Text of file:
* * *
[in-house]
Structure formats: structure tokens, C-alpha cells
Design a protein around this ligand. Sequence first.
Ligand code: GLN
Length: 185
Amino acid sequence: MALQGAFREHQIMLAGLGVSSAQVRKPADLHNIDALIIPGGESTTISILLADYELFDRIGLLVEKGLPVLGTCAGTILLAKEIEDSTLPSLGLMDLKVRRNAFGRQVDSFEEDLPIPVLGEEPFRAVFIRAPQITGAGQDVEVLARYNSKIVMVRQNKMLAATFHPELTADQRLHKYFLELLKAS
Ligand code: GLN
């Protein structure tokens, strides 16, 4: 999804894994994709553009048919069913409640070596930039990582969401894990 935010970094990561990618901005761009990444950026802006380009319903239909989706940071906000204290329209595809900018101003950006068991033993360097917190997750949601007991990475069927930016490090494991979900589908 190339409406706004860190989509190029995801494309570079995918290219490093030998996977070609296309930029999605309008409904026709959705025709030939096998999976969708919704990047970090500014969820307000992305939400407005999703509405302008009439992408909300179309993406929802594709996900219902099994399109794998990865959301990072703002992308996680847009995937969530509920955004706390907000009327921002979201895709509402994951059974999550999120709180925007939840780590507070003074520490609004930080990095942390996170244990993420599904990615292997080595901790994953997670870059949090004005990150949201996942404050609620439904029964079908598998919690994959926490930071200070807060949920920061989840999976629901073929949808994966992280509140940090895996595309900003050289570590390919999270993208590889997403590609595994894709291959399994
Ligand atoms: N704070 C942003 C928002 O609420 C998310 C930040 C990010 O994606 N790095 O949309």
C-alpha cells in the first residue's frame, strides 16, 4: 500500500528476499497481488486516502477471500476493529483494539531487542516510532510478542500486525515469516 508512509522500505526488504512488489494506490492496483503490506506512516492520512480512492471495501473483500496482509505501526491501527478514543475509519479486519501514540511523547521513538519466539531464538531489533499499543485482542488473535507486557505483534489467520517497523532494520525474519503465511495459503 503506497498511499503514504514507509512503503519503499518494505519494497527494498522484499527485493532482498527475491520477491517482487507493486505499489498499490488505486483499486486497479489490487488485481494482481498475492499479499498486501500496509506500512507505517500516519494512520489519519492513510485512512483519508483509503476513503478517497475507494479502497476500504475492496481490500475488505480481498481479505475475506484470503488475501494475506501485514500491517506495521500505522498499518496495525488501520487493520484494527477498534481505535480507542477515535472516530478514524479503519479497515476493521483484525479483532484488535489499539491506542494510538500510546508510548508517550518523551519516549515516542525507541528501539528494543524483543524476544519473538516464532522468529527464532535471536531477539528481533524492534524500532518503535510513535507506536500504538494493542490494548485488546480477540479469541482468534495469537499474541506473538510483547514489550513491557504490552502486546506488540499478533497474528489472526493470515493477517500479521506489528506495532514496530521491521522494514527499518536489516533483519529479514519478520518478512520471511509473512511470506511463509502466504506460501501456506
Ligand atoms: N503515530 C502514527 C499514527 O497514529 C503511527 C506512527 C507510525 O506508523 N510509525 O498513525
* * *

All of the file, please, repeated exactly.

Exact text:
[in-house]
Structure formats: structure tokens, C-alpha cells
Design a protein around this ligand. Sequence first.
Ligand code: GLN
Length: 185
Amino acid sequence: MALQGAFREHQIMLAGLGVSSAQVRKPADLHNIDALIIPGGESTTISILLADYELFDRIGLLVEKGLPVLGTCAGTILLAKEIEDSTLPSLGLMDLKVRRNAFGRQVDSFEEDLPIPVLGEEPFRAVFIRAPQITGAGQDVEVLARYNSKIVMVRQNKMLAATFHPELTADQRLHKYFLELLKAS
Ligand code: GLN
């Protein structure tokens, strides 16, 4: 999804894994994709553009048919069913409640070596930039990582969401894990 935010970094990561990618901005761009990444950026802006380009319903239909989706940071906000204290329209595809900018101003950006068991033993360097917190997750949601007991990475069927930016490090494991979900589908 190339409406706004860190989509190029995801494309570079995918290219490093030998996977070609296309930029999605309008409904026709959705025709030939096998999976969708919704990047970090500014969820307000992305939400407005999703509405302008009439992408909300179309993406929802594709996900219902099994399109794998990865959301990072703002992308996680847009995937969530509920955004706390907000009327921002979201895709509402994951059974999550999120709180925007939840780590507070003074520490609004930080990095942390996170244990993420599904990615292997080595901790994953997670870059949090004005990150949201996942404050609620439904029964079908598998919690994959926490930071200070807060949920920061989840999976629901073929949808994966992280509140940090895996595309900003050289570590390919999270993208590889997403590609595994894709291959399994
Ligand atoms: N704070 C942003 C928002 O609420 C998310 C930040 C990010 O994606 N790095 O949309």
C-alpha cells in the first residue's frame, strides 16, 4: 500500500528476499497481488486516502477471500476493529483494539531487542516510532510478542500486525515469516 508512509522500505526488504512488489494506490492496483503490506506512516492520512480512492471495501473483500496482509505501526491501527478514543475509519479486519501514540511523547521513538519466539531464538531489533499499543485482542488473535507486557505483534489467520517497523532494520525474519503465511495459503 503506497498511499503514504514507509512503503519503499518494505519494497527494498522484499527485493532482498527475491520477491517482487507493486505499489498499490488505486483499486486497479489490487488485481494482481498475492499479499498486501500496509506500512507505517500516519494512520489519519492513510485512512483519508483509503476513503478517497475507494479502497476500504475492496481490500475488505480481498481479505475475506484470503488475501494475506501485514500491517506495521500505522498499518496495525488501520487493520484494527477498534481505535480507542477515535472516530478514524479503519479497515476493521483484525479483532484488535489499539491506542494510538500510546508510548508517550518523551519516549515516542525507541528501539528494543524483543524476544519473538516464532522468529527464532535471536531477539528481533524492534524500532518503535510513535507506536500504538494493542490494548485488546480477540479469541482468534495469537499474541506473538510483547514489550513491557504490552502486546506488540499478533497474528489472526493470515493477517500479521506489528506495532514496530521491521522494514527499518536489516533483519529479514519478520518478512520471511509473512511470506511463509502466504506460501501456506
Ligand atoms: N503515530 C502514527 C499514527 O497514529 C503511527 C506512527 C507510525 O506508523 N510509525 O498513525